Northern Ireland – The current legislation covering adoption in Northern Ireland is the Adoption (Northern Ireland) Order 1987. The ‘Adopting the Future’ consultation was launched in June 2006 following a two-year review of the adoption process in Northern Ireland. Points that were consulted on included reducing delays in the adoption process; allowing civil partners and unmarried couples to adopt; introducing special guardianship; and providing greater adoption support.
The Department of Health, Social Services and Public Safety (DHSSPS) have published the outcomes of the consultation and are currently looking at implementing the ‘key actions’ identified, and working on drafting new legislation to improve adoption infrastructure. Read the report summary and analysis (pdf).
A ten-year strategy for all children and young people in Northern Ireland was launched in 2006. Plans for adoption and fostering include ensuring permanent families are found for more children, and increasing the number of foster carers from 300 to 1500 by 2008.
Standards are in place in England, Wales and Scotland about the level of services that adoption agencies must provide for all those involved in the adoption process, including support services for birth parents.
England and Wales – In England and Wales the National Minimum Standards for local authority and voluntary adoption agencies set out a range of standards which adoption agencies should meet when providing a service.
The standards include:
- The child’s welfare, safety and needs will be at the centre of the adoption process.
- People who are interested in becoming adoptive parents will be welcomed without prejudice, responded to promptly and given clear information about recruitment, assessment and approval. They will be treated fairly, openly and with respect throughout the adoption process.
- Children will be matched with approved adopters who can offer them a stable and permanent home and help and support will be provided to achieve a successful and lasting placement.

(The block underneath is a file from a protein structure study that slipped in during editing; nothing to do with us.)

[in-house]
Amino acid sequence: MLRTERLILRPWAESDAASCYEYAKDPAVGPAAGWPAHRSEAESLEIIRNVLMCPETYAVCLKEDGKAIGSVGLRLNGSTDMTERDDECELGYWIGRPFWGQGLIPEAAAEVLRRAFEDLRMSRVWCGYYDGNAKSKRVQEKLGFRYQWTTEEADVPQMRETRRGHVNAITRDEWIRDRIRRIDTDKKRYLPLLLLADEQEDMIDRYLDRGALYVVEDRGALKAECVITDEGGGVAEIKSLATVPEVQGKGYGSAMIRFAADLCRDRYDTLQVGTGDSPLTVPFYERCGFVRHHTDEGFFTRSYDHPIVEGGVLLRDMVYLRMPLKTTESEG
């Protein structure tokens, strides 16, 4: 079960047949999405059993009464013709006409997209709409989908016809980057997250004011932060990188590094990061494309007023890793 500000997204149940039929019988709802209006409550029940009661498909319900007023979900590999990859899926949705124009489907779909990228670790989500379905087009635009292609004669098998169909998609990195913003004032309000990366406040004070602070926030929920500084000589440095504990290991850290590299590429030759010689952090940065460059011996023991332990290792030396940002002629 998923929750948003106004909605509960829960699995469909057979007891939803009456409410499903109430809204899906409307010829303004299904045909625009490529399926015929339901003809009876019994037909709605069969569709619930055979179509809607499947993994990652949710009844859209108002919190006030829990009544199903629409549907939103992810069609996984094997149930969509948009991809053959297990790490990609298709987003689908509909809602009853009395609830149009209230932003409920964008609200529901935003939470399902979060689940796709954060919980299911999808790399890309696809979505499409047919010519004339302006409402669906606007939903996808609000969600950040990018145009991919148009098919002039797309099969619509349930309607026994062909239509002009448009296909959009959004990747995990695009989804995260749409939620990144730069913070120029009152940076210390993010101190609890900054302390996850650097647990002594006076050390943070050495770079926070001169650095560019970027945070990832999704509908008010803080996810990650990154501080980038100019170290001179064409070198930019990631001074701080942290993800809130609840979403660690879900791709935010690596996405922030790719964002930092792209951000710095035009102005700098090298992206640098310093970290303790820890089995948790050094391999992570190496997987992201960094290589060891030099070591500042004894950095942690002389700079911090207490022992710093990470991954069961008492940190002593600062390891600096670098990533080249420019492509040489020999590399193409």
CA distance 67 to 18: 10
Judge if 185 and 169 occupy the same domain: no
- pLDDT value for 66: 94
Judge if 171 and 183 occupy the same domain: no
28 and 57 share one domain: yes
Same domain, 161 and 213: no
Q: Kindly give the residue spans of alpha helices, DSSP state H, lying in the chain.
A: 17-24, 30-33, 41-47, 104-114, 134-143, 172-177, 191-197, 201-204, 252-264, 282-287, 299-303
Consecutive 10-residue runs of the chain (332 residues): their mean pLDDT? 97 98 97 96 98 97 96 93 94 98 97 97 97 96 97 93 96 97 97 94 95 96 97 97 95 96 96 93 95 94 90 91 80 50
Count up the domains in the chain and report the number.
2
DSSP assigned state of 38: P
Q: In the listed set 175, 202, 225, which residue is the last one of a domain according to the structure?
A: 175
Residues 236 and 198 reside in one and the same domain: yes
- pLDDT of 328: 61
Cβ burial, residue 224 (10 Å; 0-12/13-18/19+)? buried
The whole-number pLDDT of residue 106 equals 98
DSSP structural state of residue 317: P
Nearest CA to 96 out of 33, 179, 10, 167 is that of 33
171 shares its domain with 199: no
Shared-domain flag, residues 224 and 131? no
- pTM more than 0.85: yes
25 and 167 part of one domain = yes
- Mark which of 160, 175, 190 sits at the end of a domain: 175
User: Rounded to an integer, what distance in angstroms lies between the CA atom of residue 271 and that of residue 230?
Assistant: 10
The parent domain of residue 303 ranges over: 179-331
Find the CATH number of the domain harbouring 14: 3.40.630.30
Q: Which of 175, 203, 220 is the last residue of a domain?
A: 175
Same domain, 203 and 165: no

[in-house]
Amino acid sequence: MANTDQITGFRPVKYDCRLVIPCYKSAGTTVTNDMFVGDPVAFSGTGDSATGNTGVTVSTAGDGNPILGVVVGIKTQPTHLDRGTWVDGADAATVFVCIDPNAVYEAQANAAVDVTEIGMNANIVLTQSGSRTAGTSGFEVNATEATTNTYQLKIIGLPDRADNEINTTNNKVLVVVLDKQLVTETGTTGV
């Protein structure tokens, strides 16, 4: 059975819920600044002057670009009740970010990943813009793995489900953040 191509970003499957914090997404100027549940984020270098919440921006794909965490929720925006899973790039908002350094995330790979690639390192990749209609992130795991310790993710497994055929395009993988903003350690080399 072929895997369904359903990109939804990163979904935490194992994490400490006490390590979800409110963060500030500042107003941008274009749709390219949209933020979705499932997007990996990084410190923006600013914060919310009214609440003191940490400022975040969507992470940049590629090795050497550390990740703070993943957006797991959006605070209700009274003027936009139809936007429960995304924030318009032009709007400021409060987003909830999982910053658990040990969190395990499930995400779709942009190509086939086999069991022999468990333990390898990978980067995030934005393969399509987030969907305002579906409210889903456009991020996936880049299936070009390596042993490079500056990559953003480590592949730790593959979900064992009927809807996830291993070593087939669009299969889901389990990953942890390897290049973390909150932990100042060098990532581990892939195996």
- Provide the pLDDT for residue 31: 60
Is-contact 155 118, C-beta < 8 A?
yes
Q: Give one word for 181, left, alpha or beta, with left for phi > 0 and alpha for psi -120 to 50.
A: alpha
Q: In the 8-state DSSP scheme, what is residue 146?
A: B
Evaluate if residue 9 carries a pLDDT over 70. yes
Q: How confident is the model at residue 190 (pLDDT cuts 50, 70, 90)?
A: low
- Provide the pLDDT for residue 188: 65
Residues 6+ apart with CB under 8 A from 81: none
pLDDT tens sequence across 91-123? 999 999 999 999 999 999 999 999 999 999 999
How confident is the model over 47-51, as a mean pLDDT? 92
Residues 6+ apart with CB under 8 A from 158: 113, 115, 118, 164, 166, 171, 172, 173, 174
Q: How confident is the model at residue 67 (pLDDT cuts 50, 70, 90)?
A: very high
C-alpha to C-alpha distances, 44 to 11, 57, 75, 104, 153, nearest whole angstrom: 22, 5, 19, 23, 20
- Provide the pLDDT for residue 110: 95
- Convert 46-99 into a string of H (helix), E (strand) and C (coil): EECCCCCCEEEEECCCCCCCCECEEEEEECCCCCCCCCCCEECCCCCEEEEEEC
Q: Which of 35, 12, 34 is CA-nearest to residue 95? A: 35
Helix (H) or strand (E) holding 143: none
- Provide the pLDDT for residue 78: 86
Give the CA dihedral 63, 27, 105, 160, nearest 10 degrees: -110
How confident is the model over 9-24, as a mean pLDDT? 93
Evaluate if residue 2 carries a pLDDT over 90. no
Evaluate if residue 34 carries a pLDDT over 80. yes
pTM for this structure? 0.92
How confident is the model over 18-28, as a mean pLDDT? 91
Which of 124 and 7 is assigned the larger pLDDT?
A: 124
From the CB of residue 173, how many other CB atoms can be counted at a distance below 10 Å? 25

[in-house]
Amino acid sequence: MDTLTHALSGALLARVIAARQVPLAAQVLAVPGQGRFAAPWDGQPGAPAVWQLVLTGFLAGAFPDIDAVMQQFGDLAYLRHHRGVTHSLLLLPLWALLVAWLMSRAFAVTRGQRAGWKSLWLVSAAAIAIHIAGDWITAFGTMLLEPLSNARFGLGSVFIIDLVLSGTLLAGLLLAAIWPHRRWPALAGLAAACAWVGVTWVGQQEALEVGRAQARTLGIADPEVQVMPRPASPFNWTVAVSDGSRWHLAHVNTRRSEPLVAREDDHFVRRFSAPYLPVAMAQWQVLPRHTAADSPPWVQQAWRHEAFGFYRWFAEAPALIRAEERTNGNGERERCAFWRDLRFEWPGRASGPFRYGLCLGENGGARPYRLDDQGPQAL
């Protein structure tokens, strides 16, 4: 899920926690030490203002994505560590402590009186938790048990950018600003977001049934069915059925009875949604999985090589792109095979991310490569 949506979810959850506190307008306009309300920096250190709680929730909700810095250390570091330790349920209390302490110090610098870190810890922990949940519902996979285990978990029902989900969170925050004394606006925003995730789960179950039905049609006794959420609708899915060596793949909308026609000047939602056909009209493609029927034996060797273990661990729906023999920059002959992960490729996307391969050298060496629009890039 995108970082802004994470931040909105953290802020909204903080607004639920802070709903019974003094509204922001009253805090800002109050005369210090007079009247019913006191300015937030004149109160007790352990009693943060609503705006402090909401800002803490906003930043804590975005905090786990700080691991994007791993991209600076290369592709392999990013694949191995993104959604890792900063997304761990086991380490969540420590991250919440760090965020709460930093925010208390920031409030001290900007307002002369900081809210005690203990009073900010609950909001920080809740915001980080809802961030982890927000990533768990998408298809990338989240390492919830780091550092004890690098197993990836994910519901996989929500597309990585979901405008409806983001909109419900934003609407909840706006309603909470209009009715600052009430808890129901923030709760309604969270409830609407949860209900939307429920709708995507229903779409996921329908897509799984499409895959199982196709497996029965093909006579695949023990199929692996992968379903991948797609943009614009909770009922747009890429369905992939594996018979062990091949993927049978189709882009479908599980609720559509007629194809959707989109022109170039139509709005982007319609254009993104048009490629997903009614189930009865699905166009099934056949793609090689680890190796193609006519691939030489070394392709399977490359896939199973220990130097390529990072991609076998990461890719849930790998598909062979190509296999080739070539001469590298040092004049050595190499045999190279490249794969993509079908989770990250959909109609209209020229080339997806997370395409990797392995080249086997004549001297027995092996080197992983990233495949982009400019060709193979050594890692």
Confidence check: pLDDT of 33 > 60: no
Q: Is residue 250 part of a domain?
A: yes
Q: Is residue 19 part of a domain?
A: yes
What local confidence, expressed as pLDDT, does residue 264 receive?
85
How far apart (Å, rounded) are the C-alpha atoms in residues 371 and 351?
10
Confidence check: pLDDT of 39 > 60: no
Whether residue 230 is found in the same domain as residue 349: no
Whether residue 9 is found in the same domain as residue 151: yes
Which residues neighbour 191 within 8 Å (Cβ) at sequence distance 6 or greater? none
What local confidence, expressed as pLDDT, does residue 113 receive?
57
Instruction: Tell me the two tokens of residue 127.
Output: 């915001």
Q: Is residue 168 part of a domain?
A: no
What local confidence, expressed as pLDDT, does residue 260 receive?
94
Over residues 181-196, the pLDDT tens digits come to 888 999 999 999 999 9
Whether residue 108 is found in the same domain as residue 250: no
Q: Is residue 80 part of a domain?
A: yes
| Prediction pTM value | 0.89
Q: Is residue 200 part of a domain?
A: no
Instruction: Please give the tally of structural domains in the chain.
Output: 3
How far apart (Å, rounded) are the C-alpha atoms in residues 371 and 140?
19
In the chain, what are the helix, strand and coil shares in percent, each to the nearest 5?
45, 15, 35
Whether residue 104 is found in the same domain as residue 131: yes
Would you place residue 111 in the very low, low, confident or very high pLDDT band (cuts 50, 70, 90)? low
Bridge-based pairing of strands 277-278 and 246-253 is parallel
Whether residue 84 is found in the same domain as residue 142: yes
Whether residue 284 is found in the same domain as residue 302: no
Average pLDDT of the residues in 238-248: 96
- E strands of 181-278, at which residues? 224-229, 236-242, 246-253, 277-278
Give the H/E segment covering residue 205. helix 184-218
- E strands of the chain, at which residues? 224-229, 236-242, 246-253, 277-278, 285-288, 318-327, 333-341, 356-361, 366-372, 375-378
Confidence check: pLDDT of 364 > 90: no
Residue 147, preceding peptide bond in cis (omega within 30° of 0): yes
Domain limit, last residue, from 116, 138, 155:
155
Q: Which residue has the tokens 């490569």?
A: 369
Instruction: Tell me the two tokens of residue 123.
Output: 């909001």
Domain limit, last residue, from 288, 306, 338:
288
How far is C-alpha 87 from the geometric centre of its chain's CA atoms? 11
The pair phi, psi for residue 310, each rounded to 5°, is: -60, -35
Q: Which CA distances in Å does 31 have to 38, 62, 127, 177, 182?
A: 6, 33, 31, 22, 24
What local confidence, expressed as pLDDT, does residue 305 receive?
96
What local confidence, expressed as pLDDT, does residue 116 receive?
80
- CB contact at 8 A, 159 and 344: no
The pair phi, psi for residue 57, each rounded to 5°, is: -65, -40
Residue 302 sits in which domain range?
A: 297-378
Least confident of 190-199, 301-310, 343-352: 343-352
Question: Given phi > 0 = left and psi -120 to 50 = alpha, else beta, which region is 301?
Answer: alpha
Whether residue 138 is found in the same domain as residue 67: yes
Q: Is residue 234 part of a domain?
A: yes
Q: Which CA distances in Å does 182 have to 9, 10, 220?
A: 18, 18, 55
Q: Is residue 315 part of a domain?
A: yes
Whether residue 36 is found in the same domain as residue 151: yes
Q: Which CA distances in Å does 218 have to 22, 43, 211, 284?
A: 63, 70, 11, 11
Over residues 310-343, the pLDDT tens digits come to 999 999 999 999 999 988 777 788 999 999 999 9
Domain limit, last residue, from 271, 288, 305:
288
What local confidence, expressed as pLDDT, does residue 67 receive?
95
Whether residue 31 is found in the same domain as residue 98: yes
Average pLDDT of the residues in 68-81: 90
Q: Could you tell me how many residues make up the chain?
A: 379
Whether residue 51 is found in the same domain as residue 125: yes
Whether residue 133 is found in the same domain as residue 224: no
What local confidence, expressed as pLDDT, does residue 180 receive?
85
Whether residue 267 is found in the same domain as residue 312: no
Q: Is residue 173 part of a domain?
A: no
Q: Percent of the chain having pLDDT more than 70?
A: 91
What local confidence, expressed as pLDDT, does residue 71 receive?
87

Scotland – In Scotland, the National Care Standards: Adoption Agencies (2005) cover all adoption agencies, that is local authorities and voluntary services. They cover services for children and young people, adults who were adopted as children, birth families, prospective adoptive parents and adoptive parents.
There is no charge for being assessed and approved for adoption by a UK adoption agency, unless you are being assessed to adopt a child from abroad when you will usually have to pay all related costs yourself.
When an adoption application is made to court, there is a one-off court fee. This is currently £140 in England and Wales. This fee applies to sibling groups too, however large, though you will have to fill in separate application forms for each child. The fee is £79 in Northern Ireland, and £60 in Scotland, but this is per child if you are adopting a sibling group.
The local authority looking after the child may cover some, or all, of any additional legal fees or court costs. This will all be clarified and agreed upon – in terms of who will meet the costs – quite early on in the process, and certainly before the hearing.
For children placed or planned to be placed for adoption after 1 April 2007, if you are eligible, you are entitled to up to 39 weeks statutory adoption pay (SAP) from your employer. SAP is paid at 90% of your average weekly earnings or £102.80 per week (whichever is less). You are also entitled to a total of 52 weeks of adoption leave, but only the first 26 weeks will be paid.
If you are the ‘supporting’ partner of someone adopting a child on their own, you are entitled to statutory paternity pay (SPP) paid at the rate above. You are also entitled to paternity leave of one or two whole weeks taken anytime up to 56 days after the child is placed. If you are a couple adopting together, the ‘main’ parent can take SAP and the supporting parent can take SPP, regardless of gender.
You may also be entitled to 13 weeks unpaid leave which can be taken up to five years after your child is placed. Parents of disabled children may take 18 weeks unpaid leave until their child is 18. To be eligible, you generally have to have one year’s continuous service with your current employer. Special rules apply for parents of children placed before 14 December 1999.
If you have parental responsibility for children aged up to six years (or 18 years for disabled children) you are entitled to request flexible working patterns. Your employer must give your request serious consideration, and may only turn you down on set business grounds. For more information on adoption leave and pay speak to your agency, visit Direct Gov or try their interactive tool to work out your rights.
- These entitlements only apply if you have been at your current place of employment for 26 continuous weeks or more.
- You need to inform your employer within seven days of being matched with a child, and provide them with a copy of the matching certificate or other documentation confirming the adoption placement.
- These entitlements do not normally apply to step-parents adopting a step-child.
- If you are not entitled to adoption pay or leave from your employer your adoption agency may consider providing you with some financial support, although this would be means-tested.